NEW YORK — Alexis McGill Johnson, a self-professed Christian who is also the chair of Planned Parenthood Federation of America, the nation's leading reproductive healthcare and abortion provider, told The Christian Post Thursday that many Christians don't believe that abortion services were accessed by only 10 percent of the nonprofit's clients. She also insisted that decisions to terminate a pregnancy should "be left to a woman, her doctor and her God" and not a politician.
In a brief interview with CP at the conclusion of a Women of Power meeting in New York City where she won an award, Johnson said she became an activist in 2011 in reaction to a controversial billboard which claimed the "womb is the most dangerous place for an African American to be."
The billboard, which featured a young black girl wearing a sundress and a bow in her hair, was meant to highlight the higher rates of abortion in New York City among black women compared to women of other ethnicities, according to the African American pastor who helped found Life Always, the Texas group that launched the campaign during Black History Month.
"I feel like it's an assault on black women's ability to make a decision," Johnson said of her outrage over the billboard, which had been placed about half a mile from Planned Parenthood Federation of America's offices.
"We all recognize that abortion and terminating a pregnancy is a very complicated decision, but that issue needs to be left to a woman, her doctor and her God, not a politician. I felt that it was a very insulting way of trying to suggest that we're not capable of grappling with the implications of the decisions that we make."
When reminded of a report released in February by the New York City Department of Health and Mental Hygiene that revealed how black women living in the city aborted more than half of their pregnancies, Johnson said the contexts of those cases were key.
"We'd have to talk about the conditions under which that is happening," she said. "Black women have less access to healthcare for a whole variety of reasons, and so trying to create those causal links are not always the easiest ways to understand really what's underlying the challenges that black women are facing."
As for women of faith potentially grappling with matters related to abortion, Johnson, who told CP she is a Christian, said, "That's a very complicated issue." She added that Planned Parenthood has a "wide variety of support" from women clergy and ministers who are "members of faith."
Johnson, who became chair of Planned Parenthood last spring, referenced a distinction she said she picked up from Sister Simone Campbell, a Roman Catholic who belongs to the Sisters of Social Service. Campbell is also executive director of the social justice organization NETWORK, and a 2012 Democratic National Convention speaker who is pro-life but reportedly "agnostic about passing laws to stop abortions."
"Sister Simone Campbell ... always makes this distinction to me, which I think is so important, which is that we can have these really false dichotomy debates about who's pro-life and who's pro-choice but we can't just have conversations that are about pro-birth," said Johnson. "And if we want to have a broad conversation around how we advocate for creating the opportunities to bring women to term, then we need to have a full conversation about what it means when that child is here, what kind of impact it's going to have on a family's life, on a community's life, and we have to commit to all of the other resources that will support that ...."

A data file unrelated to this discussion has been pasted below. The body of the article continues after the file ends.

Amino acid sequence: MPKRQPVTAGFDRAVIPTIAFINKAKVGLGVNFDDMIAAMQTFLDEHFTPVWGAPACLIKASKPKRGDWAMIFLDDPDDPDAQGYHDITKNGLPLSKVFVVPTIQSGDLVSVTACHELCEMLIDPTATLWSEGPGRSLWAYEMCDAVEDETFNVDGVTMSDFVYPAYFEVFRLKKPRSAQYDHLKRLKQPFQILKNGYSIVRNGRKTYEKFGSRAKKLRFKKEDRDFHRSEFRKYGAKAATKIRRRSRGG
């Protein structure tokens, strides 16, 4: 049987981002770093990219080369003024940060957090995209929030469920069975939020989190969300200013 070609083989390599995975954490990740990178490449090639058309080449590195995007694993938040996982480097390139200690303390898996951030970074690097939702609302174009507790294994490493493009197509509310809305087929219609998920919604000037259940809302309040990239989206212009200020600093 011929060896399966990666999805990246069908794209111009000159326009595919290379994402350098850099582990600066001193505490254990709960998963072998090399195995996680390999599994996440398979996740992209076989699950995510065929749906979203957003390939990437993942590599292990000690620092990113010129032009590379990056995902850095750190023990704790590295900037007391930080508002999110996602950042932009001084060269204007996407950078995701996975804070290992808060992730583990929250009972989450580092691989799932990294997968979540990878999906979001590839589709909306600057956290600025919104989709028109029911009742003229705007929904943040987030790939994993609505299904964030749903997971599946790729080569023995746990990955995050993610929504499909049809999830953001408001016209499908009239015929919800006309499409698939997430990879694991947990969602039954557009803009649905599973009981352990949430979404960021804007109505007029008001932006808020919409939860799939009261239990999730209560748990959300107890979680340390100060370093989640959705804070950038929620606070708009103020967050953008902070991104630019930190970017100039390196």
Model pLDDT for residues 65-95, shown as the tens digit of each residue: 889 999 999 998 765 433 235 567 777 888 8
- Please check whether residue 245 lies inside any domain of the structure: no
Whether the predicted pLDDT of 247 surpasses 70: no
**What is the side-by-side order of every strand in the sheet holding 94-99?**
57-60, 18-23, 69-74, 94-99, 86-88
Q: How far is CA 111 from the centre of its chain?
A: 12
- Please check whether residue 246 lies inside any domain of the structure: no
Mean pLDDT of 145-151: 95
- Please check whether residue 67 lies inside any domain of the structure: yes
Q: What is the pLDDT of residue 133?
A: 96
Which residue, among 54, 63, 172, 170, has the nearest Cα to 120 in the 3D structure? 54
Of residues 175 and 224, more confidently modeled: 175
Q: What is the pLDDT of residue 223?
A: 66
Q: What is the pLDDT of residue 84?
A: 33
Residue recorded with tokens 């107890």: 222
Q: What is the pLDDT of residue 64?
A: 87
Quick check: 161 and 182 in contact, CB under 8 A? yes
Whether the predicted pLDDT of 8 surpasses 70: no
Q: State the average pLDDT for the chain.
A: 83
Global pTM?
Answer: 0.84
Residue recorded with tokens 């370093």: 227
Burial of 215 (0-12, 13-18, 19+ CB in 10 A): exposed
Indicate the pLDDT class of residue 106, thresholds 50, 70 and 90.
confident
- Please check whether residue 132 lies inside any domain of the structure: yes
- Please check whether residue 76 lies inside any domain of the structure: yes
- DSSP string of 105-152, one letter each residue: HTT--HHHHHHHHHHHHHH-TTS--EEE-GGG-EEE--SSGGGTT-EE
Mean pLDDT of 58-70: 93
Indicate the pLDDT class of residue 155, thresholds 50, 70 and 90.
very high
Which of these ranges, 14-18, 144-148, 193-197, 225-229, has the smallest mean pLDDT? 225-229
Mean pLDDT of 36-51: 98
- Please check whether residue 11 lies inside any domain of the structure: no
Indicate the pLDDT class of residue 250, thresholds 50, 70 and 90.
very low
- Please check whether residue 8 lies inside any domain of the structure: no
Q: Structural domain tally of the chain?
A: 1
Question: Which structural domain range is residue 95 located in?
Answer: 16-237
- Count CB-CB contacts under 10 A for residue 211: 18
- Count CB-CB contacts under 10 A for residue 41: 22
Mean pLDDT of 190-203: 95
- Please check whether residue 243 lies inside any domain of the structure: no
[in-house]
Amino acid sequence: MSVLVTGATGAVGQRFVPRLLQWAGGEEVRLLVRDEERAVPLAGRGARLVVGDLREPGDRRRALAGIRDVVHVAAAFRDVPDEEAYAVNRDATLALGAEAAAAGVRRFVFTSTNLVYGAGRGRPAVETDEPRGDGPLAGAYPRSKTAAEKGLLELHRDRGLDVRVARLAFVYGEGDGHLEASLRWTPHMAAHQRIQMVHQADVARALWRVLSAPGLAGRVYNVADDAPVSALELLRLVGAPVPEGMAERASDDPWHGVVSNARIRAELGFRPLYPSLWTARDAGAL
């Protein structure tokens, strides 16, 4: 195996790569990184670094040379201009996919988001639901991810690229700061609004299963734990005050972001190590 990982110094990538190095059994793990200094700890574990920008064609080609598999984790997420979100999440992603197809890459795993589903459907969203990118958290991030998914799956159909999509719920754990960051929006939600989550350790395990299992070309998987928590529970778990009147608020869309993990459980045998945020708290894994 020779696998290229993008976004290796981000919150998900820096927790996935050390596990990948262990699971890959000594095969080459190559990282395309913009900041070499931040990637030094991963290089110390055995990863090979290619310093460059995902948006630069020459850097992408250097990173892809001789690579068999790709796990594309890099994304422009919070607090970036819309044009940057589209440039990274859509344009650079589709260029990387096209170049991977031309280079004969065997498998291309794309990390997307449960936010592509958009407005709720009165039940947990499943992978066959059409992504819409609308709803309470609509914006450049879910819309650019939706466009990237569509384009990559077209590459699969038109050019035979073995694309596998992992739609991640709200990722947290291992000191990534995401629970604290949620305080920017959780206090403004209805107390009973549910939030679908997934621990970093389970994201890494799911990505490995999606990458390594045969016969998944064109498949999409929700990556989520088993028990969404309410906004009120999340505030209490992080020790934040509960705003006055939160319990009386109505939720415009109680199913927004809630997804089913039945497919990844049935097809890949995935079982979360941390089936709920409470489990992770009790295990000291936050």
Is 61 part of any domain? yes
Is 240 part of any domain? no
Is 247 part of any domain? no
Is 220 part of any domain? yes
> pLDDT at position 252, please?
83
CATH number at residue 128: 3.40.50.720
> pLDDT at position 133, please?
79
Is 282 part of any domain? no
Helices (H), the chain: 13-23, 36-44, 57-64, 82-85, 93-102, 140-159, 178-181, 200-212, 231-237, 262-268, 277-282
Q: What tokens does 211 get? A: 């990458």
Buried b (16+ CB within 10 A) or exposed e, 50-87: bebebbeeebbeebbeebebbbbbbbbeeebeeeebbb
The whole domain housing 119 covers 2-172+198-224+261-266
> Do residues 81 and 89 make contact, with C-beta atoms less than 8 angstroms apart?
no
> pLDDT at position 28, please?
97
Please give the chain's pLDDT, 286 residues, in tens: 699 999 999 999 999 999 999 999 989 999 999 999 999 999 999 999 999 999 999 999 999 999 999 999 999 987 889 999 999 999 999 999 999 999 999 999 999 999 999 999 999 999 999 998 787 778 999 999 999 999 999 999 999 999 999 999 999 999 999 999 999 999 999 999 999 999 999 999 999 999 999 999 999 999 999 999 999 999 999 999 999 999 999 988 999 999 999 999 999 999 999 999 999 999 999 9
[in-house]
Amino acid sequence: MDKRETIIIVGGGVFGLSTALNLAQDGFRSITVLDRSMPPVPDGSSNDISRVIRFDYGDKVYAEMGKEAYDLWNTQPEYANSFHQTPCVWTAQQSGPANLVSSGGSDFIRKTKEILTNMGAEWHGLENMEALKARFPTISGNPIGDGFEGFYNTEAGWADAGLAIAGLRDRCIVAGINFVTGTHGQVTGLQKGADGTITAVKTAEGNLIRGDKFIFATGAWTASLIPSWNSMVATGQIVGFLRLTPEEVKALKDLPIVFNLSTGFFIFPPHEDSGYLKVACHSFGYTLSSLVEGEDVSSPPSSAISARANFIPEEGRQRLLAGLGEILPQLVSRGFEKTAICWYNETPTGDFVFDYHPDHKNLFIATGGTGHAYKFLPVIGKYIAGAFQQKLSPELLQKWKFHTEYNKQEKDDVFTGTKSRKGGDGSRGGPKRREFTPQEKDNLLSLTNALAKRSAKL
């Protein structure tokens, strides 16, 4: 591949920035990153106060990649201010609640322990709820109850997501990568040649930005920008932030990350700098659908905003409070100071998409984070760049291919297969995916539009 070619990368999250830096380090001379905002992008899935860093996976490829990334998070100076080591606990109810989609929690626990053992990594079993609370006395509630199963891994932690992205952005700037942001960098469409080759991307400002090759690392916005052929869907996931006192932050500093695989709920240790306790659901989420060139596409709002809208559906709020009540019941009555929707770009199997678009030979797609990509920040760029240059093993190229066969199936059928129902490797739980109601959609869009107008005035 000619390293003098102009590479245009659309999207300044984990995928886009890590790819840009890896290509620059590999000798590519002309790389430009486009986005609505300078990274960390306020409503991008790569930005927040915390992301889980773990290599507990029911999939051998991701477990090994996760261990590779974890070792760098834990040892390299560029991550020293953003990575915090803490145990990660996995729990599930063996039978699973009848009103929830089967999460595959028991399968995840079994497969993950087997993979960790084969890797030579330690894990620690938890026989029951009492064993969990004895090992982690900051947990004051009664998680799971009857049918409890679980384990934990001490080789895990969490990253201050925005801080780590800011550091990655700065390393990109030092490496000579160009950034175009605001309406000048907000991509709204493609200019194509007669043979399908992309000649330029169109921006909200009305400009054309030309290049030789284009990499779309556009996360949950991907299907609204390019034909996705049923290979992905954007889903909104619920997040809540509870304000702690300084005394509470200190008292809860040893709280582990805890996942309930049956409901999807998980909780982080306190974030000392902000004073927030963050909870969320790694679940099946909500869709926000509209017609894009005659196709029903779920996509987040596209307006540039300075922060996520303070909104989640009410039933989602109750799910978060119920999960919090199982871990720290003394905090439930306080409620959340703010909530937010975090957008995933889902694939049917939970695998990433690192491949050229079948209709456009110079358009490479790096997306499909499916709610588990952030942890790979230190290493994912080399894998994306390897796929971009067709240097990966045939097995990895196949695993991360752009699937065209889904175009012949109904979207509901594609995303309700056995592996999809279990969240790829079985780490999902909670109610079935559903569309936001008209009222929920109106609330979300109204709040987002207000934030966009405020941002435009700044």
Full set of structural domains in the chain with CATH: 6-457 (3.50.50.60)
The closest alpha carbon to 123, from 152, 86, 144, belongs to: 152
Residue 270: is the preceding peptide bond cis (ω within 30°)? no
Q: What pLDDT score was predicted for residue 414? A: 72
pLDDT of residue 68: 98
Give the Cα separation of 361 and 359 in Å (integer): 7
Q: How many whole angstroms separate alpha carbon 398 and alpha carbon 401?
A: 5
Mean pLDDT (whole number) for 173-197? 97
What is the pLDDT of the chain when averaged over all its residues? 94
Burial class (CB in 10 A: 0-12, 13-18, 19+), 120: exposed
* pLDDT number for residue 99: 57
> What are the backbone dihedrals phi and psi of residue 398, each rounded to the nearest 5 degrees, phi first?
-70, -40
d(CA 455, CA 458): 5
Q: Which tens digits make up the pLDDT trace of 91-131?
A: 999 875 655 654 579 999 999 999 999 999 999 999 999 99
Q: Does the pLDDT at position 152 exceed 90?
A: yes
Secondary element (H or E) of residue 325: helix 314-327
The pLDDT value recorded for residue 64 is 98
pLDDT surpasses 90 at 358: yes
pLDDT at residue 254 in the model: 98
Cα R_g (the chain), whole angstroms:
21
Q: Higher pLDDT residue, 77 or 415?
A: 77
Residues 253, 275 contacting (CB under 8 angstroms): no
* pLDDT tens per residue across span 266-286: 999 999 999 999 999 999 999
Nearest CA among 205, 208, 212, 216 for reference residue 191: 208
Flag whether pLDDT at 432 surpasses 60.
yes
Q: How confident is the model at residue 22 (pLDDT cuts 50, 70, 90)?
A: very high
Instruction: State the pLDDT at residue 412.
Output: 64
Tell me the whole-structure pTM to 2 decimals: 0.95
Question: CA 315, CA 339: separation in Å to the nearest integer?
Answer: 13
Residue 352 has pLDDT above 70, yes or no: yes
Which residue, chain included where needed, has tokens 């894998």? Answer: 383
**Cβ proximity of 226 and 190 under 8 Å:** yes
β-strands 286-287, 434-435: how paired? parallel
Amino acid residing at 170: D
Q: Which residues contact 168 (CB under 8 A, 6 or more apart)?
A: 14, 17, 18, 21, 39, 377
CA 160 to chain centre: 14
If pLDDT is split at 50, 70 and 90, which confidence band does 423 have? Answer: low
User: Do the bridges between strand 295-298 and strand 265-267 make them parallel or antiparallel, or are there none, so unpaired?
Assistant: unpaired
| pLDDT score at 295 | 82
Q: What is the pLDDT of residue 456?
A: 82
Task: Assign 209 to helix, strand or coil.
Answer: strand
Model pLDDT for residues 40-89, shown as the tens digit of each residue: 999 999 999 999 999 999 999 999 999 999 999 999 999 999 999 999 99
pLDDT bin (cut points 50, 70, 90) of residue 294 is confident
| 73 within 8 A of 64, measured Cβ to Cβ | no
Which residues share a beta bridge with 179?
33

The results of a Pew study published in 2013 revealed that many U.S. Christians view having an abortion as "morally wrong." But a survey among 10,000 abortion patients conducted by the pro-choice Alan Guttmacher Institute in 1994-1995 found that "one in five women having abortions are born-again or Evangelical Christians."
When asked specifically about how Planned Parenthood has been vilified by some conservative Christians and others in the right-to-life movement, Johnson said she found that the biggest misconception among opponents was the notion "that abortion is the only thing that we do."
"We are the leading health provider for women between 18 and 24. We are supporting them and getting [them] access to healthcare. We were a lead around supporting Obamacare. We focus on breast cancer and STIs (sexually transmitted infections), and information, access to education around reproductive health that's being cut in so many ways where women of our generation used to actually get access to that information. Young women are not able to have those conversations, unfortunately, in their homes. We've been there in the community, we've been there without judgment."
"I think that it is so important for us to understand that in many cases Planned Parenthood is the sole health care provider, period, for many young women and men. A lot of our young male veterans are coming back, they don't have access to healthcare. They're coming to us to get basic health care needs, so that's the thing that I think is really the biggest misconception about [Planned Parenthood]."
Planned Parenthood, which provides services to men, women and teens, has 68 independent local affiliates that operate more than 700 health centers throughout the United States, according to the federally funded nonprofit's website. It also reports that: "Nearly three million women and men in the U.S. annually visit Planned Parenthood affiliate health centers for trusted healthcare services and information; Eighty-two percent of Planned Parenthood health care clients in the U.S. are age 20 and older; (and) One in five women in the U.S. has visited a Planned Parenthood health center at least once in her life."